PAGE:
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Music Students Score for Film with Seasoned Major Movie Composer

Ever wonder how music for film scores is put together? You should have been in the McNally Smith College of Music auditorium recently when a 27-piece orchestra recorded four McNally Smith student film compositions.

Using the cinematic images from the highly acclaimed Planet Earth film, 10 McNally Smith string students, plus many professional local Twin Cities’ musicians and students from neighboring colleges, joined in the endeavor to put audio to video. According to Sean McMahon, who helped conduct the session and is part of the music college’s illustrious Composition Faculty, select scenes were chosen from the movie and the “soundtrack” was recorded while projecting the film images onto a large screen in the music college’s auditorium.

McMahon is no stranger to the art. He has worked in various roles on film scores for major motion pictures including Spider-Man 3 and Dreamgirls, and most recently composed the score for The Grudge 3. Originally from Toronto, he lived and worked in Los Angeles for six years prior to joining the McNally Smith faculty. While in Los Angeles, much of his work on film scores was under the direction of prominent Hollywood composer Christopher Young, whom McMahon first met while completing post-graduate work in Film Music at the University of Southern California.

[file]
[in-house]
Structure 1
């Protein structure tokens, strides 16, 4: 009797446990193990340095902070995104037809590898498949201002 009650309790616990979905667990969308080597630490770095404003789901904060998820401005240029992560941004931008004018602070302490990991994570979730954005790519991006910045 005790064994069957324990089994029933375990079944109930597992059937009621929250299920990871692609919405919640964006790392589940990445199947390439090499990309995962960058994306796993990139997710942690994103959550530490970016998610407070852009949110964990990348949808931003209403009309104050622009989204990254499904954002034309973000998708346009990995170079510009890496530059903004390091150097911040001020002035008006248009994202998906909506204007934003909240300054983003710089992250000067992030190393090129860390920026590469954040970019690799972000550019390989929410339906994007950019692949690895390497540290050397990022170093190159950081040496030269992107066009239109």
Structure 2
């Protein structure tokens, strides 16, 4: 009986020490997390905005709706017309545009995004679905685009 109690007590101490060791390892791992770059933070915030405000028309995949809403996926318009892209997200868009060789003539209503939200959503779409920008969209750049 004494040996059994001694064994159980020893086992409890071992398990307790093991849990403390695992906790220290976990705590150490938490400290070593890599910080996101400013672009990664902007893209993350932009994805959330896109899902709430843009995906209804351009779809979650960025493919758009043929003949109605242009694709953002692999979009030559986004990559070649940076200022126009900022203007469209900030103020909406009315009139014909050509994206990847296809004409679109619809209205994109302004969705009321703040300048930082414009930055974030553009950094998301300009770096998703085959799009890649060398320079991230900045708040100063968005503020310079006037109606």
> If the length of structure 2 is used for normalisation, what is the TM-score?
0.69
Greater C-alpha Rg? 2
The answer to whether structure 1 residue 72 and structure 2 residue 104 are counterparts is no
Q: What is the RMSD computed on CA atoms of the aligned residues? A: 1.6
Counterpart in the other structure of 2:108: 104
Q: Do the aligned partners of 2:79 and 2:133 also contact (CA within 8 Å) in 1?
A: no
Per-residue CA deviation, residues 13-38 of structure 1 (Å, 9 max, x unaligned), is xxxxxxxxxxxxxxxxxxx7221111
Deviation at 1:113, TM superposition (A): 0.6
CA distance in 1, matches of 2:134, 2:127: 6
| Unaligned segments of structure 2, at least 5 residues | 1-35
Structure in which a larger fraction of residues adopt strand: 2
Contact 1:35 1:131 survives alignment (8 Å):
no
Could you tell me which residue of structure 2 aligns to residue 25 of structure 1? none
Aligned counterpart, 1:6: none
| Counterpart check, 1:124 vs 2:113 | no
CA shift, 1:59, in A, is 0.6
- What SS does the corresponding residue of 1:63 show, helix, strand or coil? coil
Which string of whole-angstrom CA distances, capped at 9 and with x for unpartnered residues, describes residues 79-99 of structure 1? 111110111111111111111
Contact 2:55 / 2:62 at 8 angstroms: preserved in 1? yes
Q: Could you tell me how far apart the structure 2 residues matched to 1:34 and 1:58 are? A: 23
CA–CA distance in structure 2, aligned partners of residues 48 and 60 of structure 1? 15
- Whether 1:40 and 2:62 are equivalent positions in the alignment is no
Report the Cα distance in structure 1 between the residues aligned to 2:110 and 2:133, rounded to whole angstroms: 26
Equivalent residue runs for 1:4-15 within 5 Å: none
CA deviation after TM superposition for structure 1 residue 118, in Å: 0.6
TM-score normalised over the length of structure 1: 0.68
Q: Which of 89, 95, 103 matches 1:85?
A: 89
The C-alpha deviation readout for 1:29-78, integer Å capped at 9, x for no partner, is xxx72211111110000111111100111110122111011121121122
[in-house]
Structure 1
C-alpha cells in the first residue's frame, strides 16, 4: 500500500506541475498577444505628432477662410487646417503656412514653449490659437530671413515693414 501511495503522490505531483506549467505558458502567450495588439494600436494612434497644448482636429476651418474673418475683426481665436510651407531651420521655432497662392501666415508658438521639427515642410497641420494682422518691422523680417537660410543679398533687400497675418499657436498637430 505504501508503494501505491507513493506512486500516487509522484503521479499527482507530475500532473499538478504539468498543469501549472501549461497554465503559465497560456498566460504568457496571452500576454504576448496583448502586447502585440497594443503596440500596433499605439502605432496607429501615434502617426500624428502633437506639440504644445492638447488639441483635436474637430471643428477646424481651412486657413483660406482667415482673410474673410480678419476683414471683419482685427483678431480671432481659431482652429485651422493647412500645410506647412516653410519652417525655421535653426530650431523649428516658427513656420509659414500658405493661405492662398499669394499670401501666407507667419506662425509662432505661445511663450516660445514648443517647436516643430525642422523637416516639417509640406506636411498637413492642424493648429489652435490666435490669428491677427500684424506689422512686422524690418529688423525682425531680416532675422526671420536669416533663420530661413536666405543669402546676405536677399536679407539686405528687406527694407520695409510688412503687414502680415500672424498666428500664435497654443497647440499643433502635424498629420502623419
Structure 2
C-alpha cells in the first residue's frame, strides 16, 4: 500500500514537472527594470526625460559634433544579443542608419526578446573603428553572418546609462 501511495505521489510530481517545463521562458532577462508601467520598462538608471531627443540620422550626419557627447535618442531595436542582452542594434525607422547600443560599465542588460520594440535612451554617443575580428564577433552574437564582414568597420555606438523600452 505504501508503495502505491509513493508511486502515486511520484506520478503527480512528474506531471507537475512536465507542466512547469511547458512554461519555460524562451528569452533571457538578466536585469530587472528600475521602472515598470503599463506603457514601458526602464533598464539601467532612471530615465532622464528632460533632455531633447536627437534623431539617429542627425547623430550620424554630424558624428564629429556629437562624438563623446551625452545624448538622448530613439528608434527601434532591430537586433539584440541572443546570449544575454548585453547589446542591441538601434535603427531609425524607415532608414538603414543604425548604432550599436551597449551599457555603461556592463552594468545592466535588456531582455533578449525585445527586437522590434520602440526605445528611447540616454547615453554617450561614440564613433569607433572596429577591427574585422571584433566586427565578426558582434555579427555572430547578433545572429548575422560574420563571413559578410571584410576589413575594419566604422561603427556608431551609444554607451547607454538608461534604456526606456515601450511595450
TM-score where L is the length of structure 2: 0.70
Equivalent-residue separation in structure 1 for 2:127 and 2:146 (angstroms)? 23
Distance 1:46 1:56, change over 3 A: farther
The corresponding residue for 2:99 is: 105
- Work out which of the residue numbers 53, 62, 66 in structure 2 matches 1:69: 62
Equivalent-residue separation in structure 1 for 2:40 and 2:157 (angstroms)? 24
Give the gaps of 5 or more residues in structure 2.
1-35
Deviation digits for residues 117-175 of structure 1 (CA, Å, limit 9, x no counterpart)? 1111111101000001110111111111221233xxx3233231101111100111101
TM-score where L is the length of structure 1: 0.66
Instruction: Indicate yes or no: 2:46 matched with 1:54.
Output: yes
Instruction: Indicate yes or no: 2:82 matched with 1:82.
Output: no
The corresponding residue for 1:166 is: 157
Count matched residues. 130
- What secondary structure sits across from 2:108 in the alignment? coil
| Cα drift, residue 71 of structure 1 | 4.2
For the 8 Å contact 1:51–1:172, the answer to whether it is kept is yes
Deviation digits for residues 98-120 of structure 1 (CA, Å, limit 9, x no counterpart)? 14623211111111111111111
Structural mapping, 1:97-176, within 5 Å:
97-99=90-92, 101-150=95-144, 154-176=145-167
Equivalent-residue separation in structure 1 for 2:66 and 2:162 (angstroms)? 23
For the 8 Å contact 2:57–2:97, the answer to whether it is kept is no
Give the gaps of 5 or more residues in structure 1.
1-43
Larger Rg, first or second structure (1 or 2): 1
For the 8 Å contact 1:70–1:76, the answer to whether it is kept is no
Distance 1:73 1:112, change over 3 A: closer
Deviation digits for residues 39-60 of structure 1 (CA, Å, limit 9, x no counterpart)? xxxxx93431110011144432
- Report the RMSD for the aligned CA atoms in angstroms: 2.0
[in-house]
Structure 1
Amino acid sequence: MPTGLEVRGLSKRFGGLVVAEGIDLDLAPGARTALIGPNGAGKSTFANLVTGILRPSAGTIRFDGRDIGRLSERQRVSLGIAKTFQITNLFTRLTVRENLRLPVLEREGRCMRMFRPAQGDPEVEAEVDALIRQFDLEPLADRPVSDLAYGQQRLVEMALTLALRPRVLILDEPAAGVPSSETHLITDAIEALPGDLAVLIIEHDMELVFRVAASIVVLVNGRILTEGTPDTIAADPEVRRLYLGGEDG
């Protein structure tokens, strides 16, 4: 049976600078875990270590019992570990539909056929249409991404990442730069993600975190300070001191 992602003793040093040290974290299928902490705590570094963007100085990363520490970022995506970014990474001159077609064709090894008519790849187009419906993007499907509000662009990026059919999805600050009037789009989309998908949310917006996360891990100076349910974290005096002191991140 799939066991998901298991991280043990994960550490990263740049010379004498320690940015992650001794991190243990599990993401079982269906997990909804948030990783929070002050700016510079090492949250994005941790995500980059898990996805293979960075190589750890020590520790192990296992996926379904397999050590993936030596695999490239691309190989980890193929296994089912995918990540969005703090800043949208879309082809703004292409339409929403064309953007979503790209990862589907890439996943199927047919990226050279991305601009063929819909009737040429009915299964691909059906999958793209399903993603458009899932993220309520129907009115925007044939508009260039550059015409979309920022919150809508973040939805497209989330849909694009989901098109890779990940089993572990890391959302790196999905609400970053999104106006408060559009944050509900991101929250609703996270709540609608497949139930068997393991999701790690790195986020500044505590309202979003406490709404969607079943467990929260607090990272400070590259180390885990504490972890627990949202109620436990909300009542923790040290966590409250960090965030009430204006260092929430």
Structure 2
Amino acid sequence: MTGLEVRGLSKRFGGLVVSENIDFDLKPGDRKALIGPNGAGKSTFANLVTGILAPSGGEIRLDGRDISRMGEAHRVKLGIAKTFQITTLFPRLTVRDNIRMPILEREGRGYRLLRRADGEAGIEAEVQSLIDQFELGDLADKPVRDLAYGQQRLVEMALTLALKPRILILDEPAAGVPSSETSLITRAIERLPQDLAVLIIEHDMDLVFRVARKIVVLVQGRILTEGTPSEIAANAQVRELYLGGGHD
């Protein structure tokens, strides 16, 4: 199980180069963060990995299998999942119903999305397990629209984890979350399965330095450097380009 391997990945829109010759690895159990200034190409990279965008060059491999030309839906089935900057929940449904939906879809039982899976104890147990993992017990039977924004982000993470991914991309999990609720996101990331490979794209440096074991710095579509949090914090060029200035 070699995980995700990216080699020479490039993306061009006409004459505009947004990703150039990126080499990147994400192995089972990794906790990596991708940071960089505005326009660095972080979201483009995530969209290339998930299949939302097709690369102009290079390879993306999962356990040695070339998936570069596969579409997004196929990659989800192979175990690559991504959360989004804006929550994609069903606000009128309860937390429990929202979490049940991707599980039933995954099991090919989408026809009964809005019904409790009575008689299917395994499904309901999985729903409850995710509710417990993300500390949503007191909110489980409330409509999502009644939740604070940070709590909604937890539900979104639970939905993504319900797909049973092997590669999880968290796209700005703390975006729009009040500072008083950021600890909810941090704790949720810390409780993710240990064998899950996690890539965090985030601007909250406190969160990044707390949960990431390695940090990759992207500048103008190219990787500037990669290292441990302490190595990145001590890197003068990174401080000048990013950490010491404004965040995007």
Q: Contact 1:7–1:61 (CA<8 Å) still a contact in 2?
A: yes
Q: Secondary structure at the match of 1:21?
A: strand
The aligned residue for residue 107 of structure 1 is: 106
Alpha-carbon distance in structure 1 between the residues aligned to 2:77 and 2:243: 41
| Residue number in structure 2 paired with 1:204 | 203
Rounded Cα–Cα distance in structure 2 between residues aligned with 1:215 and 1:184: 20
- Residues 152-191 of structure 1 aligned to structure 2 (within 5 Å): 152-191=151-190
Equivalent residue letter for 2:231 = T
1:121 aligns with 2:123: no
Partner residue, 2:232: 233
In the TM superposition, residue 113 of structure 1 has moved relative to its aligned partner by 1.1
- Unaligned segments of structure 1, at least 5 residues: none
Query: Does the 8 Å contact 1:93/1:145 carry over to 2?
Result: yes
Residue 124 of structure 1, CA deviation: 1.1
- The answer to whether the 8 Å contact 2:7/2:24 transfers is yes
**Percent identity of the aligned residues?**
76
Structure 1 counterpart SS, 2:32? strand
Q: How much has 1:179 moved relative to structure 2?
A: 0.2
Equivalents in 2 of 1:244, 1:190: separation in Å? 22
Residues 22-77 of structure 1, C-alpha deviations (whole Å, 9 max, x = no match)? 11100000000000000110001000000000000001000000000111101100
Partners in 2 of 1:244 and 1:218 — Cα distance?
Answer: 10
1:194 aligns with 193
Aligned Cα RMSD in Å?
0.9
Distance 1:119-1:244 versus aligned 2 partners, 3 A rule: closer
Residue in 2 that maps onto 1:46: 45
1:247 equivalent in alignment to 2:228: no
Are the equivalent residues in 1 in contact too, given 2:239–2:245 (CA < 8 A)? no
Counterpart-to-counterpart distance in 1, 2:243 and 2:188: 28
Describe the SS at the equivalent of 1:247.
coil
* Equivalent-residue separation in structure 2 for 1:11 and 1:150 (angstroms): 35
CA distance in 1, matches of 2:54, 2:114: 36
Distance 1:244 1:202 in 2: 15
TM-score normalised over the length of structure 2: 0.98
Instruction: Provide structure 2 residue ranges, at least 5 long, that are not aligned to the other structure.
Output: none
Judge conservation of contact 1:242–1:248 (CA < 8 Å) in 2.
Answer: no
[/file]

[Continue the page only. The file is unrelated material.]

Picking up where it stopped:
In addition to Spider-Man 3, McMahon’s work for Young included orchestrations for the film Ghost Rider (where he also played guitar) and the DreamWorks picture The Uninvited. He was in charge of score coordination for Beauty Shop, and many other projects. He also worked with successful film composer John Ottman, orchestrating such films as Fantastic 4: Rise of the Silver Surfer and The Invasion.

During the recent weekend session, current McNally Smith student Adam Conrad was the only student to conduct his own piece and synchronized the music to fit the movie. “That is very challenging to do!” notes McMahon.

Ryan McNally and Todd Smith, two McNally Smith grads, helped with recording the event. The orchestra also played student pieces by Michael Holloway (“his piece was very ‘Hollywood-esque’”, McMahon noted; Sam Sparling “(who felt some trepidation going into the session but actually was applauded by the orchestra for his work”); and a lovely piece by Scott Place (“a kind of gypsy waltz for solo violin”).

“It went exceedingly well!” McMahon said of the overall exercise. “The professional string players that sat in got an opportunity to do something they normally could do only in LA or New York, and our own student composers received a nice copy of their pieces that they can take with them when they graduate. Most are going to end up looking for work in the entertainment industry so it’s a huge perk to have this, especially since so many composition students at other music colleges are often forced to rely on synthesized strings for projects like this.”

McMahon said as a former student at another music school that there were never the large rooms like the McNally auditorium to record sound to image. “It’s usually only smaller rooms for doing this and thus you can’t deliver the sound that we got in the much larger space like we got here. The way we did it was the way it’s done in Los Angeles, and it was a great experience for everyone involved. Even the professional players who joined our students really loved it!”